- Different options are available to homeowners to customize the Grow Home to allow them to make trade-offs between amenities and their budget. For example, an owner can add a balcony, a sloping dormer roof with a window, a deck, or even Georgian-style strip moulding.
- Homeowners are given the flexibility to construct their home in relation to their own personal finances and budget.
- The construction of the Grow Home supports future expansion and addition, such that renovations and additions are not unnecessarily expensive. This is done by building flexibility into the housing design, such that the structure and shell put in place at the outset anticipates and allows for future changes to the house.
- Each floor left unfinished reduces construction costs considerably.
- Lower upfront development costs reduce monthly mortgage payments, making ownership attainable to young families and first-time homeowners, often at costs below the average rental rates in a given market.
- The Grow Home has one third the exterior wall area and one-half the roof area of a conventional detached house, thereby reducing energy costs for heating and cooling accordingly. On average, annual heating costs in a Grow Home are 40 per cent of the costs in a conventional detached house.
Impact on the Provision of Affordable Housing
How the Project Created Affordable Housing
Following its introduction into the North American housing market, the Grow Home had significantly lower construction costs than other similar completed homes in Montréal. Over time, Grow Home units were not only selling for much less than conventional homes but were successfully and seamlessly being incorporated into the fabric of Montréal suburbs, as well as communities around North America.
The project’s immediate market success was visible one year after the first demonstration home was constructed on the McGill campus as 87 Grow Home units had already been sold. This number grew to 1,000 homes built in and around Montréal by the second year in 1992, and to over 10,000 Grow Home units in North America by 1999.
These successes brought a greater understanding of the provision of affordable housing in North America. A demographic study revealed that the majority of Grow Home buyers were young couples, with or without children. This, seemingly, was the population most interested in purchasing a home into which they could grow — favouring incompletion and flexibility over completion and immediate gratification. The remaining owners were either single-parent households or single persons. Thus, the Grow Home provided an opportunity for low- and moderate-income households to enter the homeownership market and gain access to flexible and adaptable housing that could grow with their financial situation.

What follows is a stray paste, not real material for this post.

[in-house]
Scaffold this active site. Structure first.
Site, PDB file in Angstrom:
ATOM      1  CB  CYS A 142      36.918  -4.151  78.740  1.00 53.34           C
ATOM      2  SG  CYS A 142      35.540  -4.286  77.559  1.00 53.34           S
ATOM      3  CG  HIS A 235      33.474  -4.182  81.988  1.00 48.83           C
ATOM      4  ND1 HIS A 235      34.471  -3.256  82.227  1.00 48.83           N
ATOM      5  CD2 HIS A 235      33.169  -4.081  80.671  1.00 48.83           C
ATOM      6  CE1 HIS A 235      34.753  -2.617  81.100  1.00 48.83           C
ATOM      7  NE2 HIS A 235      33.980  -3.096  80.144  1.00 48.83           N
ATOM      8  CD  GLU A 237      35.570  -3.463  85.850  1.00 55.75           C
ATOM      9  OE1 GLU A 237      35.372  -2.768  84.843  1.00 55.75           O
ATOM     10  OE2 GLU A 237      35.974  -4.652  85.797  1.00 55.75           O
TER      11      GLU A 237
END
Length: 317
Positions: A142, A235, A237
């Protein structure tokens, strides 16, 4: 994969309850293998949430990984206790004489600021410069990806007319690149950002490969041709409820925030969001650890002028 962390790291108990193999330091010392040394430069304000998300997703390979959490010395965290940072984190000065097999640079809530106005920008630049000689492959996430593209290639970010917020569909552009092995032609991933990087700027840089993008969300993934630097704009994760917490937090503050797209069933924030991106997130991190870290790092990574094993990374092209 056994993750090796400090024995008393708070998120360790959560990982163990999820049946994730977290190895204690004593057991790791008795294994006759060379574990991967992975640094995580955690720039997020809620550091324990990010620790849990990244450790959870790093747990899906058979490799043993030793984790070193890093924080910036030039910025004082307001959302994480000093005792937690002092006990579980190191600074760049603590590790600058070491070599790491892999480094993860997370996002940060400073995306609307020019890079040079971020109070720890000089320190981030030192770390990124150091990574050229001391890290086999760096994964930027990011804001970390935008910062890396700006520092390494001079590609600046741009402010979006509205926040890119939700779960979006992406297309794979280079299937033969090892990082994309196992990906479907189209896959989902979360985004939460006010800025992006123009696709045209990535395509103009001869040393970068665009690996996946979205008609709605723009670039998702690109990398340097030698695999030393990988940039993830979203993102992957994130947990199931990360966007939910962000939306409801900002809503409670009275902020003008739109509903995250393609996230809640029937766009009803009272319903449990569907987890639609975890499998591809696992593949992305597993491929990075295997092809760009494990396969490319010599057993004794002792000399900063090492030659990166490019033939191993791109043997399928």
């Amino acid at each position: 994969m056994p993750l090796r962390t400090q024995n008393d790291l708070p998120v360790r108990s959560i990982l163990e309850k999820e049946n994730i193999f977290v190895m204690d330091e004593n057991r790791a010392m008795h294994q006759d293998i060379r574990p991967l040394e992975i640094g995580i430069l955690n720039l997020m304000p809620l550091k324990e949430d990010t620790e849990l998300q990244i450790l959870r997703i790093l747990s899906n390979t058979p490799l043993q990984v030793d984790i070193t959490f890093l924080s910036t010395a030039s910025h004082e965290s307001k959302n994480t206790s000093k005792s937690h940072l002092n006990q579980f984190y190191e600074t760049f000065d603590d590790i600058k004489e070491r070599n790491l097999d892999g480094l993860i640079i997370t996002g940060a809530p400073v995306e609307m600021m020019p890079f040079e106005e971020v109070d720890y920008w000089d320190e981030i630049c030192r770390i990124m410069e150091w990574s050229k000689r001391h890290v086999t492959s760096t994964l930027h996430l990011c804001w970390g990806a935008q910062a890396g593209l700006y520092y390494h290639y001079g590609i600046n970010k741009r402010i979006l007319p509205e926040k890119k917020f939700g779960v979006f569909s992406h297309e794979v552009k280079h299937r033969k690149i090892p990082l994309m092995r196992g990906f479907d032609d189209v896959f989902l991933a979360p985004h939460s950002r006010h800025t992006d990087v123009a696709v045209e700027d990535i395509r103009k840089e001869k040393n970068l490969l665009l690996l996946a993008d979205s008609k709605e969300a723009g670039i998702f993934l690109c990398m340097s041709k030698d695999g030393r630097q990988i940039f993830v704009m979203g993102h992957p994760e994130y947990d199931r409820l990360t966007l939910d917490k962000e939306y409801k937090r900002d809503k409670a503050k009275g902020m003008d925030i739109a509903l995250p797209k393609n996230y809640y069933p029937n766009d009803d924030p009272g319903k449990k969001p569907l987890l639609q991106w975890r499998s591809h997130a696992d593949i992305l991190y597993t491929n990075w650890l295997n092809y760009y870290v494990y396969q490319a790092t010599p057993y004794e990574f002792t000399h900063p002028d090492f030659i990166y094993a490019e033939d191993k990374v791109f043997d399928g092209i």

Today, the Grow Home model has influenced numerous affordable housing projects across the country. Several of these Grow Home communities can be found particularly in Montréal’s east end, where the Grow Home concept has flourished in response to the demographic need for housing. When the flexibility is coupled with economies of construction and affordable financing mechanisms, the provision of affordable housing based on this model increases greatly.
Suitability for Replication
- The Grow Home units that have been constructed throughout North America and Eastern Europe indicate that the concept can be transferred to different municipalities and housing markets.
- While the cost of the land on which to construct Grow Home units will vary from one municipality to another, the cost of materials and labour should be very similar.
- An important precondition is a willing municipality that will incorporate flexible lot sizes into its zoning bylaws.
- The Grow Home model has been applied in both urban and suburban settings. While the compact size of Grow Home units makes them suitable for infill and small lot applications, such homes have also been built as stand-alone dwellings in new subdivisions.
Sources of Further Information
- For additional information on the Grow Home, see the feature article on the World Habitat Awards website at http://www.worldhabitatawards.org/winners-and-finalists/project-details.cfm?lang=00&theProjectID=36.